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Anat Kam Sues Haaretz for Revealing Her Identity

Kam's attorney, Ilan Bombach, speaks to Arutz Sheva about the suit; blames government for having unclear rules about reportage.
By Tova Dvorin
First Publish: 1/29/2014, 11:10 PM

Anat Kam leaves prison Sunday
Anat Kam leaves prison Sunday
Flash 90

Anat Kam is suing Israeli newspaper Haaretz for 2.6 million shekel on charges of leaking her identity through the IDF documents she submitted to journalist Uri Blau. 

Kam was released earlier this week, after serving just two thirds of her prison sentence for espionage. Kam was convicted of stealing the documents during the period of 2005-2007, when she served in the IDF as a secretary in the IDF's Central Command headquarters. She copied thousands of sensitive documents to a disk-on-key (USB drive) which she proceeded to hand over to reporter Uri Blau of the left-wing Haaretz.

Blau published some of the information in the documents, but he claimed that the information he used was not classified or damaging to the country's security.

Kam was sentenced to four and a half years in prison for her theft. The sentence was later reduced by one year, after an appeal by Kam's lawyers that the sentence was unnecessarily harsh.

Now, she and lawyer Ilan Bombach are suing the daily for revealing her identity - after it was promised to her that her safety would not be compromised and her identity would be kept secret throughout the media leak. 

Bombach insisted to Arutz Sheva that Haaretz's major blunder in the case began very early on, when the daily published photocopies of the illegally copied documents. Kam allegedly warned the newspaper from the beginning that while she was giving them documents to leak in spite of a gag order, publishing the documents themselves would place her safety in jeopardy.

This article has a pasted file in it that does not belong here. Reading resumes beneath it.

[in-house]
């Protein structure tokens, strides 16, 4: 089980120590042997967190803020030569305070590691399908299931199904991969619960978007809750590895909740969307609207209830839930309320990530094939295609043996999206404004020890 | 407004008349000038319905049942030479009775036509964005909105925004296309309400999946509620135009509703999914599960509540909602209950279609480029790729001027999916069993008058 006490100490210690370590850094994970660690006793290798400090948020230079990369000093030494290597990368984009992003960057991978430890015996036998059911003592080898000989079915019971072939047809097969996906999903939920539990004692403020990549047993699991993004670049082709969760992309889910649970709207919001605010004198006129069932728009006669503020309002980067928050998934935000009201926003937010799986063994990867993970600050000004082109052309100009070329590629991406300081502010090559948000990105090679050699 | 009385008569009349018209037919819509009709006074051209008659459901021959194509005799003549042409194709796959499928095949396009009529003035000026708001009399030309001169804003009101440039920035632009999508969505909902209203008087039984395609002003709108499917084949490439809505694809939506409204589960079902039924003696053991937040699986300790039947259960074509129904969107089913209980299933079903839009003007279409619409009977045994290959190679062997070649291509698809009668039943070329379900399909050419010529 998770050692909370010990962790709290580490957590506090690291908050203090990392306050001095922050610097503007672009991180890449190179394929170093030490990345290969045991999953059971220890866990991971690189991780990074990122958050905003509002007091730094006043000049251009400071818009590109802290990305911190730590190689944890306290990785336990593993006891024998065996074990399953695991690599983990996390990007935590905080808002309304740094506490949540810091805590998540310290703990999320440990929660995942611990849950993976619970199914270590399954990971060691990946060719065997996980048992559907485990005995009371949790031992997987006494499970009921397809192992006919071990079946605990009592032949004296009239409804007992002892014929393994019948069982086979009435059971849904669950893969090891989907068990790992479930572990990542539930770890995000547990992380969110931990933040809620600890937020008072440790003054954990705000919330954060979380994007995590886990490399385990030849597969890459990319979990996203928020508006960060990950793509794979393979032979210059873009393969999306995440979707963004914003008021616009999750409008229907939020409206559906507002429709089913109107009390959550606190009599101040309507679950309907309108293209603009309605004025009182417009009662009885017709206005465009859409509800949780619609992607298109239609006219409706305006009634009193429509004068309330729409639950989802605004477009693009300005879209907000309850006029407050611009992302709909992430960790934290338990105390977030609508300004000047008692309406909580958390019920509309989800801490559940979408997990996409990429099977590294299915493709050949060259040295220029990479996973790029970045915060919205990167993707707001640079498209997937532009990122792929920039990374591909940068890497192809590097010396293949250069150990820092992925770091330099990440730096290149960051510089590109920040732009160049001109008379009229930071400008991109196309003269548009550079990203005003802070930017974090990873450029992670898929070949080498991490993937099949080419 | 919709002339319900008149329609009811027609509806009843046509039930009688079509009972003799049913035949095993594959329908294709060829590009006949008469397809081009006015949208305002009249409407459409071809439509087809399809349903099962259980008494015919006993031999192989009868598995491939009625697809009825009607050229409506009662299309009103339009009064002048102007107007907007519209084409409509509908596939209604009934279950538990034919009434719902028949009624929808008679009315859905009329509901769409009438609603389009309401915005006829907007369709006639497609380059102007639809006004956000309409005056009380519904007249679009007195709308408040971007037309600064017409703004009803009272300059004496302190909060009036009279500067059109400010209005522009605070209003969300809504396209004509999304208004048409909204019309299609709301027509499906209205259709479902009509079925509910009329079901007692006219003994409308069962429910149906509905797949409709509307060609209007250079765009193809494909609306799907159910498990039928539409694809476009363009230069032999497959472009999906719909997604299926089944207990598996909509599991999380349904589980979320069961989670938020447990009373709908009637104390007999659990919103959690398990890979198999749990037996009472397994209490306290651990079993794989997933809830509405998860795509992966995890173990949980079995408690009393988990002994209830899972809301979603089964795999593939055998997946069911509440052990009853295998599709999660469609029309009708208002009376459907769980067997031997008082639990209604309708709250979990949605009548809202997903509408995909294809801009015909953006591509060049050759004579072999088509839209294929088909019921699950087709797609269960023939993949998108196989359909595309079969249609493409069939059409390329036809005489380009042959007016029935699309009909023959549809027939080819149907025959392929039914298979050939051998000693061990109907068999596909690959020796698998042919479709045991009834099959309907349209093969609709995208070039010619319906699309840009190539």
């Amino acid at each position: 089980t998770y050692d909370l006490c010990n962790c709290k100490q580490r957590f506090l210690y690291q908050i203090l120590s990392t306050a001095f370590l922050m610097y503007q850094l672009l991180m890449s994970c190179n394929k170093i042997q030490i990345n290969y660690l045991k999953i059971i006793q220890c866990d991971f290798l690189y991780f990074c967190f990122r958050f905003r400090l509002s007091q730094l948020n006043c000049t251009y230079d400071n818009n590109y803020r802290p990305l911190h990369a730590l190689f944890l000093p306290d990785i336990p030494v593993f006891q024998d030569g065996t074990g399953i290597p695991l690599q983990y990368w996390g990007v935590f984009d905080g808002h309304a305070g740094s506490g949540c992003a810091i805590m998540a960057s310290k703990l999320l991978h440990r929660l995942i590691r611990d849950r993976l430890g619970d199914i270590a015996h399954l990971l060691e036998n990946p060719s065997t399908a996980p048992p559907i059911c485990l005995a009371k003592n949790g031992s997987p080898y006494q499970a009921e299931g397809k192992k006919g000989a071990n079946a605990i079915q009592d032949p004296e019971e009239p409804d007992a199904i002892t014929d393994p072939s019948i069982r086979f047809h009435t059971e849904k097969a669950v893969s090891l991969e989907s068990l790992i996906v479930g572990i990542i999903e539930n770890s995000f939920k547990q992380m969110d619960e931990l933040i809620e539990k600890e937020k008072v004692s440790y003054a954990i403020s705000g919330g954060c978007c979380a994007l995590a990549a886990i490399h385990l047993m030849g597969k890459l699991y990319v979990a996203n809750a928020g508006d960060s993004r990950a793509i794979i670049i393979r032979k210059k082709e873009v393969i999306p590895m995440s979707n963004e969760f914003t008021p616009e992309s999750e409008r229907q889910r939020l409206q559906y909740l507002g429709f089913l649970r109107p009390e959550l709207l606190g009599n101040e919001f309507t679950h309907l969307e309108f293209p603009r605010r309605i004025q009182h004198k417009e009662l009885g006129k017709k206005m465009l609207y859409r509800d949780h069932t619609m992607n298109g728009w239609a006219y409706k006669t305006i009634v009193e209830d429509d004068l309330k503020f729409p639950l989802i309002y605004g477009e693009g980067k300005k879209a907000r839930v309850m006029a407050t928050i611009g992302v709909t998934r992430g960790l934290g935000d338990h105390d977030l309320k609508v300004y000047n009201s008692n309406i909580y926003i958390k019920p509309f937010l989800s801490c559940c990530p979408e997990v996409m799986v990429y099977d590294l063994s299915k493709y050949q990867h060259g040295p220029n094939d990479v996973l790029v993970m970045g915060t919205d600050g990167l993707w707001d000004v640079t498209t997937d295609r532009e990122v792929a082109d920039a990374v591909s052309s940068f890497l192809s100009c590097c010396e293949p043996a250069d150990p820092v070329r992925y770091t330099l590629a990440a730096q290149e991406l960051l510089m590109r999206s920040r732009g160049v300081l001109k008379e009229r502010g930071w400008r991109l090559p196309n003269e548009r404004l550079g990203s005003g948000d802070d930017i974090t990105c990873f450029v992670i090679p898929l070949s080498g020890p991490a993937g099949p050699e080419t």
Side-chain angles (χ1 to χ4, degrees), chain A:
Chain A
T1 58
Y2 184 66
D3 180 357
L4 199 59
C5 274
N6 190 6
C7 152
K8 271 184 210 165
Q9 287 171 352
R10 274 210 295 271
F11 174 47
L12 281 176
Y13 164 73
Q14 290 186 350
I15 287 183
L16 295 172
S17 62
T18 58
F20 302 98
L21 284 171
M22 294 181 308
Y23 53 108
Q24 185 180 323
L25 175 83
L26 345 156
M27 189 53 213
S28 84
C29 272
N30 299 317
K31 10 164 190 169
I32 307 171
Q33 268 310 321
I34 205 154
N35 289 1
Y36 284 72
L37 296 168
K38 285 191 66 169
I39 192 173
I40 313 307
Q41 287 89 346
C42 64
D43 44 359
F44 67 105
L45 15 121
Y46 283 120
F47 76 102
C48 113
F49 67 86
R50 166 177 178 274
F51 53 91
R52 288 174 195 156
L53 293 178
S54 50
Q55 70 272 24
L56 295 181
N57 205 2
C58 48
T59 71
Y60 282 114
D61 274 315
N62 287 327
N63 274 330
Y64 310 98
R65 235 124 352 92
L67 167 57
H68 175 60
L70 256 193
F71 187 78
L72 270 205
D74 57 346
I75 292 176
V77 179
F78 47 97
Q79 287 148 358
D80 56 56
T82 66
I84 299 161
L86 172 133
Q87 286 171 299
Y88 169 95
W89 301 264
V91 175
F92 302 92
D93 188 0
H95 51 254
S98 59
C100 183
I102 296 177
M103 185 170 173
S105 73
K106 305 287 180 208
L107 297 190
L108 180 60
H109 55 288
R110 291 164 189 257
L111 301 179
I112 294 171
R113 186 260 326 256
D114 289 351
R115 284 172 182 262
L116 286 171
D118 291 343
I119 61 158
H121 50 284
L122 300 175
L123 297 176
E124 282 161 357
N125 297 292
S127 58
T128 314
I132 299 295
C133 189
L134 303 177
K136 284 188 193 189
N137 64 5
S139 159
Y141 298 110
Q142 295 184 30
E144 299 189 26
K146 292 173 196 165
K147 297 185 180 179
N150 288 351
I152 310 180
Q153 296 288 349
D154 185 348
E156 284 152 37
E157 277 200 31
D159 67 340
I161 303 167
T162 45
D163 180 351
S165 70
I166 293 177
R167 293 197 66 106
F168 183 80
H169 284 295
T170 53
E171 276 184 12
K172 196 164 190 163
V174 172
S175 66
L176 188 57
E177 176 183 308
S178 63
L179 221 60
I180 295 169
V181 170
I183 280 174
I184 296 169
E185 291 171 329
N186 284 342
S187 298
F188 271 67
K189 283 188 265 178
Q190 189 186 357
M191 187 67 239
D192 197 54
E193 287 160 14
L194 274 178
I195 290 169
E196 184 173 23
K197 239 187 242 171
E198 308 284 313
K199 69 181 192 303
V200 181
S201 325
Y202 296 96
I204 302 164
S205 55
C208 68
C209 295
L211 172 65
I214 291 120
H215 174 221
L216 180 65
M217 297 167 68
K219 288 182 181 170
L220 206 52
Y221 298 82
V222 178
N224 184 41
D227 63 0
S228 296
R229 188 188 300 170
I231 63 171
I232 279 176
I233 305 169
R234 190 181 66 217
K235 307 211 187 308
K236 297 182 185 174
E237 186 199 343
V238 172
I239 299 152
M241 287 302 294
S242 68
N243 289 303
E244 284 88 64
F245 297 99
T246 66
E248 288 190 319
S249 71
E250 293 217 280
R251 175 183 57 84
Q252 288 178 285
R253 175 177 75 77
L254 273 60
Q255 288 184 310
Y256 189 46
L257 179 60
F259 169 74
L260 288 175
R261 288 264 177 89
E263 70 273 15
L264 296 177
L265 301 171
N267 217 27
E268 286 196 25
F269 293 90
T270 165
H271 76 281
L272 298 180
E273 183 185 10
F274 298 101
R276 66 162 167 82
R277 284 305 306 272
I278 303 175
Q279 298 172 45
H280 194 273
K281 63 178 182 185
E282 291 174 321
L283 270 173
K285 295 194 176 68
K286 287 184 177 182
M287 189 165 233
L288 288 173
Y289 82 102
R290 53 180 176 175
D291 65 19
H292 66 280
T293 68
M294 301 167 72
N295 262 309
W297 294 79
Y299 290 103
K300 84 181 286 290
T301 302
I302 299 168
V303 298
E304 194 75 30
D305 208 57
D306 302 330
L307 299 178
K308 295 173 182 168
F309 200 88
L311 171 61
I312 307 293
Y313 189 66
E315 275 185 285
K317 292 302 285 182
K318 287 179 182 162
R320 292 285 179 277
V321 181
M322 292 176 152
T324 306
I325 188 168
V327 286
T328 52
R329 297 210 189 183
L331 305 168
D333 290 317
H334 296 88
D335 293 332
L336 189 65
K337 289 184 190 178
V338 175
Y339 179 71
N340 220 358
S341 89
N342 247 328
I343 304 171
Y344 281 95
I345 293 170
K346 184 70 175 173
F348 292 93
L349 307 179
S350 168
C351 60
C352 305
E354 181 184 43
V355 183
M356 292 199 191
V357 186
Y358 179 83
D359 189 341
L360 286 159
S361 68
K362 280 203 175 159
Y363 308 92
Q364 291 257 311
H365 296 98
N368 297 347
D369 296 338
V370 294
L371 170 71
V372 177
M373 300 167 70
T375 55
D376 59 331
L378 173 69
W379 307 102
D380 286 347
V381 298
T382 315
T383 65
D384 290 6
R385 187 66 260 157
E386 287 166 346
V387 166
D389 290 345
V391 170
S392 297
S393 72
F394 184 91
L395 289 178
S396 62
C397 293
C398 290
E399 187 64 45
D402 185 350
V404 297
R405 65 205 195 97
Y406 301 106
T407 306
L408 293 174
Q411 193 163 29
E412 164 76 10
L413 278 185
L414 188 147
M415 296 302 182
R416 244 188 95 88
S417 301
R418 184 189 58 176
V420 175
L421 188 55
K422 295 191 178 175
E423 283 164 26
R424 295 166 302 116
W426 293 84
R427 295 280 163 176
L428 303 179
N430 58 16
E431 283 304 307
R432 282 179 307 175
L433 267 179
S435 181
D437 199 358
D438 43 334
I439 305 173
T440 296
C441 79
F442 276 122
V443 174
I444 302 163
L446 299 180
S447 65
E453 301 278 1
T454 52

Haaretz ignored her warnings and published the photocopies anyway, claims Bombach. While no formal agreement was signed, Blau was allegedly told that it was extremely important to keep his source absolutely anonymous.

The hefty asking price of 2.6 million shekel was not by chance, Bombach noted; it is the sum of several calculations regarding Kam's lost income, her legal fees, and other expenses due to the legal and political ordeal. 

Bombach also opined that Blau's sentence - a mere 6 months of community service - is far too light for leaking Kam's identity and the documents. Bombach stated that Blau violated one of the terms of the sentence he negotiated with the Israel Security Agency (Shin Bet) in not keeping the documents in a locked safe. 

Bombach also noted that Blau's sentence is the first of its kind; no journalist in Israel has ever been indicted for a crime like this before. He insisted that the procedures for publishing reports - especially security information, which may be subject to censorship according to government guidelines - are unclear. Bombach insisted that while he does not believe Kam committed a serious crime, clarification of procedures could prevent something similar from happening in the future.